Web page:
Nee v. LASD

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    Full Name : Shawn Nee; Greggory Moore; Shane Quentin; and the National Photographers' Rights Organization v. County of Los Angeles; Los Angeles County Sheriff's Department; Sergeant Maurice Hill, in his individual capacity; Deputy Richard Gylfie, in his individual capacity; Deputy Bayes, in his individual capacity; and Does 1 through 10, inclusive.

    Case Number : CV1108899

    Court : United States District Court for the Central District of California

    Judge : Hon. Dean D. Pregerson

    Co-Counsel : Akin Gump Strauss Hauer & Feld LLP

    Photography is not a crime. It’s protected First Amendment expression. But that hasn’t stopped deputies of the Los Angeles Sheriff’s Department from detaining and searching photographers, solely based on the fact they are taking pictures in public places, and ordering photographers not to take pictures on public streets and other public places where photography is not prohibited. But these searches and detentions the violate both the First Amendment right to photograph, and the Fourth Amendment right to be free on unlawful searches and detentions.

    On October 27, 2011, the ACLU of Southern California and the law firm Akin Gump Strauss Hauer & Feld LLP filed suit on behalf of three plaintiffs, who between them have been detained or ordered not to photograph by LASD deputies on at least six occasions, as well the National Photographers’ Rights Organization. The complaint details similar incidents involving others, from amateur photographers to veteran photojournalists. The lawsuit alleges that the detentions have occurred as part of the LASD’s program on LASD deputies detained and searched Shawn Nee for photographing turnstiles on the Los Angeles Metro, asking if he planned to sell the photos to al-Qaeda and threatening to put his name on the FBI’s “hit list.” LASD deputies detained and searched Shane Quentin, a photographer with an M.F.A. from UC Irvine, while he was photographing brilliantly lit refineries in south Los Angeles at night, frisking him and placing him in the back of a squad car for about forty-five minutes before releasing him.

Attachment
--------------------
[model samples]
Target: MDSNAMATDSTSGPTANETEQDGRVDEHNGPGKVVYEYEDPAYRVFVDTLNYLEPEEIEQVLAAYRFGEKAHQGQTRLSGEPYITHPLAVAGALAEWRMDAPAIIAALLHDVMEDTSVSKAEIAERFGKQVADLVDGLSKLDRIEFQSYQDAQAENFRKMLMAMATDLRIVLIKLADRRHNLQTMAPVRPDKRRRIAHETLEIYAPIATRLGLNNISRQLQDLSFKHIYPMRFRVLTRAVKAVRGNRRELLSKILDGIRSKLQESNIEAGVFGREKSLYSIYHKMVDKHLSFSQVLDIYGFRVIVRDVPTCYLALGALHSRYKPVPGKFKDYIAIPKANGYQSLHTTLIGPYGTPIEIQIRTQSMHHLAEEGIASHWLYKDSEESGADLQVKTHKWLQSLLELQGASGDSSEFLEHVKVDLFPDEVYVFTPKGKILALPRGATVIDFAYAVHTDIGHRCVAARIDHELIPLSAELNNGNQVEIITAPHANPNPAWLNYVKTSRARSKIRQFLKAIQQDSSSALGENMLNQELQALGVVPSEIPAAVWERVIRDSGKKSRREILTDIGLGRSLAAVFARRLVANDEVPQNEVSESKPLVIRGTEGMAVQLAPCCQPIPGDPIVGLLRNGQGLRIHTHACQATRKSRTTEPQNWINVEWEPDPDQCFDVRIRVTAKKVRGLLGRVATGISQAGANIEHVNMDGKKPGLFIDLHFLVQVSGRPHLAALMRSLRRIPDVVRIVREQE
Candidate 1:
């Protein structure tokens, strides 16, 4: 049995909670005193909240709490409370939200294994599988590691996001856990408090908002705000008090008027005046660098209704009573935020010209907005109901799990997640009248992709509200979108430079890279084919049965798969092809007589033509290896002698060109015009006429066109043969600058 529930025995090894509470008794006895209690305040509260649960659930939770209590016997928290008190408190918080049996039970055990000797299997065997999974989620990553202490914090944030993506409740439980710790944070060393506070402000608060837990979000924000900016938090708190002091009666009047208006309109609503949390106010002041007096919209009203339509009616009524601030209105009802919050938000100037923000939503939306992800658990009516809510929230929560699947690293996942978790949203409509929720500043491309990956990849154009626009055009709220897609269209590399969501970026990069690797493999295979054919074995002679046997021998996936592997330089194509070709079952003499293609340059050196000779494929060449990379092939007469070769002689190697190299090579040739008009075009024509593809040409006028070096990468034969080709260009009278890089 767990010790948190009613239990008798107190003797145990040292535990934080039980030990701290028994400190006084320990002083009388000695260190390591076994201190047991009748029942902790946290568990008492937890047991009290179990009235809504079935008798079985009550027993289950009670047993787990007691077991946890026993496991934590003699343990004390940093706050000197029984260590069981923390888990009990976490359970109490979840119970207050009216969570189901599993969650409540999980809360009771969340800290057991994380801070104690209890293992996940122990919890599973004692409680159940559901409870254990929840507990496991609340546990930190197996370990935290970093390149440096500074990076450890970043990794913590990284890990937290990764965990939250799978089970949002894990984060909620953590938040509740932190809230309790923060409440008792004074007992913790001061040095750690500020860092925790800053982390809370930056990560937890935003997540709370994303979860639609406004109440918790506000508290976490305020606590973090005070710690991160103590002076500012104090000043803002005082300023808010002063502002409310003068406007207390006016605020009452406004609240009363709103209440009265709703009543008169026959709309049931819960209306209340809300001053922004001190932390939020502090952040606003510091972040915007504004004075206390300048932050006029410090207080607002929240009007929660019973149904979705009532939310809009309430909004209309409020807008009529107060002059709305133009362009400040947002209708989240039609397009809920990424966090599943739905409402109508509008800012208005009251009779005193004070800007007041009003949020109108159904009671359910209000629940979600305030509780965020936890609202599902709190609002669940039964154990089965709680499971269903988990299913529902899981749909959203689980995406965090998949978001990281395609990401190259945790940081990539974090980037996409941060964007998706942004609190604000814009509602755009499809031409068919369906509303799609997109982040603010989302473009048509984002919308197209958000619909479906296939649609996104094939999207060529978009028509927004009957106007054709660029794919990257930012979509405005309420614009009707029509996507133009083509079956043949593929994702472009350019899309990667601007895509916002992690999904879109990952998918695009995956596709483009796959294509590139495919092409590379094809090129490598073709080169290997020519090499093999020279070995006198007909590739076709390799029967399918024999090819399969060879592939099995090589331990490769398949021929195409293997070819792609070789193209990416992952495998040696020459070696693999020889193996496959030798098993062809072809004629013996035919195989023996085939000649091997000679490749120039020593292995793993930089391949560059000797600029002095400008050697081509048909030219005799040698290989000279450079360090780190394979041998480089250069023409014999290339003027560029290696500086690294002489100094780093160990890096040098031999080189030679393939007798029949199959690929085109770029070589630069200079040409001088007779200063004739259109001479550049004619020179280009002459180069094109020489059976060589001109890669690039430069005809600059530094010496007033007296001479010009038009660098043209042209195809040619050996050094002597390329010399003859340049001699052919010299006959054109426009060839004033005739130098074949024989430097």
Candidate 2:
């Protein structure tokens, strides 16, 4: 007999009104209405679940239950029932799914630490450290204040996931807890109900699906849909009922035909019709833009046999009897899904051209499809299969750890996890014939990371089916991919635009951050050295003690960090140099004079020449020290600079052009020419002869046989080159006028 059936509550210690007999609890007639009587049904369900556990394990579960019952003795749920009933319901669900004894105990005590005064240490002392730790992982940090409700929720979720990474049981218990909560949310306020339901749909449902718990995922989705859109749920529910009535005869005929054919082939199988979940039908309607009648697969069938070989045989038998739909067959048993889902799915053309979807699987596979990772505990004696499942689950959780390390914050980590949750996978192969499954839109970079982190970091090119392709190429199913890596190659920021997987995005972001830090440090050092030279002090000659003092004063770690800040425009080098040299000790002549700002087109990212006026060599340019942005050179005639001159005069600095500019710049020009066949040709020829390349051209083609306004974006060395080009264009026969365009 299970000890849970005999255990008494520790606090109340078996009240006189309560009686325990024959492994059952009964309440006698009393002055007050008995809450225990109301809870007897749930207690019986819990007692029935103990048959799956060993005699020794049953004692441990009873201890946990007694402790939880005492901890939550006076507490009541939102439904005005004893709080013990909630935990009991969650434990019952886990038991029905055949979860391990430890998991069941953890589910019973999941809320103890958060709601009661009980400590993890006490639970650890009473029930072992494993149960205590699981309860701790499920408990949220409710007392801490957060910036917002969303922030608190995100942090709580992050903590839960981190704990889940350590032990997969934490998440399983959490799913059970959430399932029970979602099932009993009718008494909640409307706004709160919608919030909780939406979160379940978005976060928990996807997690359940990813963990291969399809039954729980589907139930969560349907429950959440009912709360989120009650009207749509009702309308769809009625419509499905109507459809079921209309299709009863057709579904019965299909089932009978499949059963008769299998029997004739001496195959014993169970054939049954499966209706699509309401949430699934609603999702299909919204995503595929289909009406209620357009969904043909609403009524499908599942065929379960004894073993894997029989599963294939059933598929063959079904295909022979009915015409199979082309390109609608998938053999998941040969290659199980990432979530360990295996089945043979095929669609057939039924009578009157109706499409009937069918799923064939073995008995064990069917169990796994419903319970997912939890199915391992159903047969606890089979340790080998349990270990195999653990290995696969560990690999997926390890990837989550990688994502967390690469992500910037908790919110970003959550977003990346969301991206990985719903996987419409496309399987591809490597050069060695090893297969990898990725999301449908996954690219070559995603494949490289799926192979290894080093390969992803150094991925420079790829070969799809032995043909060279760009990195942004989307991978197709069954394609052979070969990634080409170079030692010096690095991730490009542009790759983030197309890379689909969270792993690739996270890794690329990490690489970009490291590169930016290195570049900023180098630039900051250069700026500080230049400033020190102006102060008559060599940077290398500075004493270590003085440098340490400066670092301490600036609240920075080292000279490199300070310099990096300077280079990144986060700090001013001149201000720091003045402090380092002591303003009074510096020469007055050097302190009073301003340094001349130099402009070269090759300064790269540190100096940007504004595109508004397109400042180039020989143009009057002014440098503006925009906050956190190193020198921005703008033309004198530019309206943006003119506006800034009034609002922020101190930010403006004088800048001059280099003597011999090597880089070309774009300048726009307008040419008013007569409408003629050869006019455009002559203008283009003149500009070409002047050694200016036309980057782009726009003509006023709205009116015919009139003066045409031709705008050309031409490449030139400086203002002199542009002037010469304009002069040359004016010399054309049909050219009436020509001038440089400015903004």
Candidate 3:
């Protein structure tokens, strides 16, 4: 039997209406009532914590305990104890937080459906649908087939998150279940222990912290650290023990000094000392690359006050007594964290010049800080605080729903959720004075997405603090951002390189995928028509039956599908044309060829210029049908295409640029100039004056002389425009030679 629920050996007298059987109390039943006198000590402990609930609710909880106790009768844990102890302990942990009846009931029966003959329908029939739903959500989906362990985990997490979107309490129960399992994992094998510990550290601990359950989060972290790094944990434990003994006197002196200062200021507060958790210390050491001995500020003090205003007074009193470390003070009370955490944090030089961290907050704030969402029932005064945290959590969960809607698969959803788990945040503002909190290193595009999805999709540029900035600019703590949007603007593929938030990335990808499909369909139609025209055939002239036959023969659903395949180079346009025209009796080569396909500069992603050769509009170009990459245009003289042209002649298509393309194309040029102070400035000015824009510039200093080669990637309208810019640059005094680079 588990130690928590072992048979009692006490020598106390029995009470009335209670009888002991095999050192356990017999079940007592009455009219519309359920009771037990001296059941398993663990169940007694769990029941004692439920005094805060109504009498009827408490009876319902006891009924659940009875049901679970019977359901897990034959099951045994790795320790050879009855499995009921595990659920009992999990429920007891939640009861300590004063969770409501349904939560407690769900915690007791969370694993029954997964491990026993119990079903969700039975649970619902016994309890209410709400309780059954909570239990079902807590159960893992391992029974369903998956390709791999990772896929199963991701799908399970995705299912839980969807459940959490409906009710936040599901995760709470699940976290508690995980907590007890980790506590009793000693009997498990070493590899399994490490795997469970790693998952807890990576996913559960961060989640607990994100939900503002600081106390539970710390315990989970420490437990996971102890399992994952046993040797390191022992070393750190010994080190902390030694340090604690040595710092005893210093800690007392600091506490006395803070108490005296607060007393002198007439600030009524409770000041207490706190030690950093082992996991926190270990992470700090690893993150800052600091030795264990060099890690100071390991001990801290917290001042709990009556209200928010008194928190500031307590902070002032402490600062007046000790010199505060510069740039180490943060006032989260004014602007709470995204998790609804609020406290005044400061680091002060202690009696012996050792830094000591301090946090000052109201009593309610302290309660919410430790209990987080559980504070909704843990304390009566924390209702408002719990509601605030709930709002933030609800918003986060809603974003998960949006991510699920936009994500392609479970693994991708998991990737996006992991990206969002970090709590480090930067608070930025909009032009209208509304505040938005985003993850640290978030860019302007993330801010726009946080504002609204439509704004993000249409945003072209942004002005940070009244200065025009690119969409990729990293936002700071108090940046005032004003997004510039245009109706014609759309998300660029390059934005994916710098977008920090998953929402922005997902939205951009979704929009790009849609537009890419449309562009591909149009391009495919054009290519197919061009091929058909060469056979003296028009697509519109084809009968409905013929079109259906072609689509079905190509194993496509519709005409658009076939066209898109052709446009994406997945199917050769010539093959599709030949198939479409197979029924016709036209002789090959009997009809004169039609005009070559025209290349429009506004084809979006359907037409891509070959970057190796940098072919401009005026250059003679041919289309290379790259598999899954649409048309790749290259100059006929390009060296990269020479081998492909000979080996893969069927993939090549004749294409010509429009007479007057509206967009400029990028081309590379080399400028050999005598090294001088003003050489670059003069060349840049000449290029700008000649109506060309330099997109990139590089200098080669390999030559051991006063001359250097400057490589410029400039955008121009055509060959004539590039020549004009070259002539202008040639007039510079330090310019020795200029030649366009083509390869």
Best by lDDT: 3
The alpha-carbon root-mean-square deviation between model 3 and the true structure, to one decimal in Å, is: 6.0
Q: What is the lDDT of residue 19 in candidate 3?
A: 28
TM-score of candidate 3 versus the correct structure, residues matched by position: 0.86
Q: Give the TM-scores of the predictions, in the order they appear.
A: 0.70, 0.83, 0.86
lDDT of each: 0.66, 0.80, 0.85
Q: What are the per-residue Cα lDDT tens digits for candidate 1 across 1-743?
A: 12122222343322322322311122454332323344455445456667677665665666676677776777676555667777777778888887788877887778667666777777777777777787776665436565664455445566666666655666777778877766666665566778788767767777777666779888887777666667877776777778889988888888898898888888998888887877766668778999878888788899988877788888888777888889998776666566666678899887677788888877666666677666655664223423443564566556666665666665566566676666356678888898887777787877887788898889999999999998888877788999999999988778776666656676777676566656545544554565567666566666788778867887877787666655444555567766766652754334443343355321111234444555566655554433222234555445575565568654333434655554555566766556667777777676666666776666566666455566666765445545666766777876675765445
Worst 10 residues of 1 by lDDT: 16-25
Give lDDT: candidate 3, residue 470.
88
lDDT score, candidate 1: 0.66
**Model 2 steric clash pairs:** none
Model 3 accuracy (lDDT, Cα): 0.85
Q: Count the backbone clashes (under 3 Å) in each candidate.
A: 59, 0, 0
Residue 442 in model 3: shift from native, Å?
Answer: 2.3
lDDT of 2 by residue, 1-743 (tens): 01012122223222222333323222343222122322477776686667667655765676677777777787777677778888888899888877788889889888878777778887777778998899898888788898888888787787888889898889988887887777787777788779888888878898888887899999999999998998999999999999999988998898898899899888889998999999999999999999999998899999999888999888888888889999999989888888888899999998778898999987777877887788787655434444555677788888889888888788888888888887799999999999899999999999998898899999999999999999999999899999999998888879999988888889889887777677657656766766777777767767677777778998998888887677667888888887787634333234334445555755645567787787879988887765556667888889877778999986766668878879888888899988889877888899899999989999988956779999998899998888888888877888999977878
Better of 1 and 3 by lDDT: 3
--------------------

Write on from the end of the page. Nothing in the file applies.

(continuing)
The suit seeks damages on behalf of the three plaintiffs, and an injunction to prevent the unlawful search, detention and harassment of photographers by LASD in the future.

    FILING
    October 27, 2011

    The ACLU filed suit on behalf of three victims of LASD harassment while photographing public places. Read more about the suit.